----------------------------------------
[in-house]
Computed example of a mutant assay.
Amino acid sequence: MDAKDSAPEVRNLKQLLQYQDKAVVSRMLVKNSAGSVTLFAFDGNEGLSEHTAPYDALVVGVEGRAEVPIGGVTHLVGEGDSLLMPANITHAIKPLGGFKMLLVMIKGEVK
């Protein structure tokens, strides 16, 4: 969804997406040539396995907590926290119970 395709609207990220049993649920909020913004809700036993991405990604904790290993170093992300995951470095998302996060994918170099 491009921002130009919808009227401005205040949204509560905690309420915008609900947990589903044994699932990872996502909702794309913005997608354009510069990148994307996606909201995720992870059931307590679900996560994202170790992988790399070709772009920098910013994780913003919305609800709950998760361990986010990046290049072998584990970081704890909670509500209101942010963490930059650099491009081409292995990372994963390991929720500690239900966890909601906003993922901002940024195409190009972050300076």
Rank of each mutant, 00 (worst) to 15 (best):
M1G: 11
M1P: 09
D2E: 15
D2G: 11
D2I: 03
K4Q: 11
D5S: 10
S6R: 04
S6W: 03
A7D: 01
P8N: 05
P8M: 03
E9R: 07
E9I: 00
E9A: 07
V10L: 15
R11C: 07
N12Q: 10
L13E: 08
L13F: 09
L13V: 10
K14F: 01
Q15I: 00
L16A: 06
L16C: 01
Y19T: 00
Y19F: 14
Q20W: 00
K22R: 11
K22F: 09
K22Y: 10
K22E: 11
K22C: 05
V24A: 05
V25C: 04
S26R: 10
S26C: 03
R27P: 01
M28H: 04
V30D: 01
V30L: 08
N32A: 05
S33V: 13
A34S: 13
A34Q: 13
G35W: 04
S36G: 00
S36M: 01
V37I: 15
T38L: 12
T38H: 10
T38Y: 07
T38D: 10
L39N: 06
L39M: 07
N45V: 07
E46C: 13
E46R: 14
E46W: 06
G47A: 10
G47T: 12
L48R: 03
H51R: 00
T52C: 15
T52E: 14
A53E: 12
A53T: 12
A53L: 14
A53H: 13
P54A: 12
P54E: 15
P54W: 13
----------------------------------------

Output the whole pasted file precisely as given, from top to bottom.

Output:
[in-house]
Computed example of a mutant assay.
Amino acid sequence: MDAKDSAPEVRNLKQLLQYQDKAVVSRMLVKNSAGSVTLFAFDGNEGLSEHTAPYDALVVGVEGRAEVPIGGVTHLVGEGDSLLMPANITHAIKPLGGFKMLLVMIKGEVK
């Protein structure tokens, strides 16, 4: 969804997406040539396995907590926290119970 395709609207990220049993649920909020913004809700036993991405990604904790290993170093992300995951470095998302996060994918170099 491009921002130009919808009227401005205040949204509560905690309420915008609900947990589903044994699932990872996502909702794309913005997608354009510069990148994307996606909201995720992870059931307590679900996560994202170790992988790399070709772009920098910013994780913003919305609800709950998760361990986010990046290049072998584990970081704890909670509500209101942010963490930059650099491009081409292995990372994963390991929720500690239900966890909601906003993922901002940024195409190009972050300076």
Rank of each mutant, 00 (worst) to 15 (best):
M1G: 11
M1P: 09
D2E: 15
D2G: 11
D2I: 03
K4Q: 11
D5S: 10
S6R: 04
S6W: 03
A7D: 01
P8N: 05
P8M: 03
E9R: 07
E9I: 00
E9A: 07
V10L: 15
R11C: 07
N12Q: 10
L13E: 08
L13F: 09
L13V: 10
K14F: 01
Q15I: 00
L16A: 06
L16C: 01
Y19T: 00
Y19F: 14
Q20W: 00
K22R: 11
K22F: 09
K22Y: 10
K22E: 11
K22C: 05
V24A: 05
V25C: 04
S26R: 10
S26C: 03
R27P: 01
M28H: 04
V30D: 01
V30L: 08
N32A: 05
S33V: 13
A34S: 13
A34Q: 13
G35W: 04
S36G: 00
S36M: 01
V37I: 15
T38L: 12
T38H: 10
T38Y: 07
T38D: 10
L39N: 06
L39M: 07
N45V: 07
E46C: 13
E46R: 14
E46W: 06
G47A: 10
G47T: 12
L48R: 03
H51R: 00
T52C: 15
T52E: 14
A53E: 12
A53T: 12
A53L: 14
A53H: 13
P54A: 12
P54E: 15
P54W: 13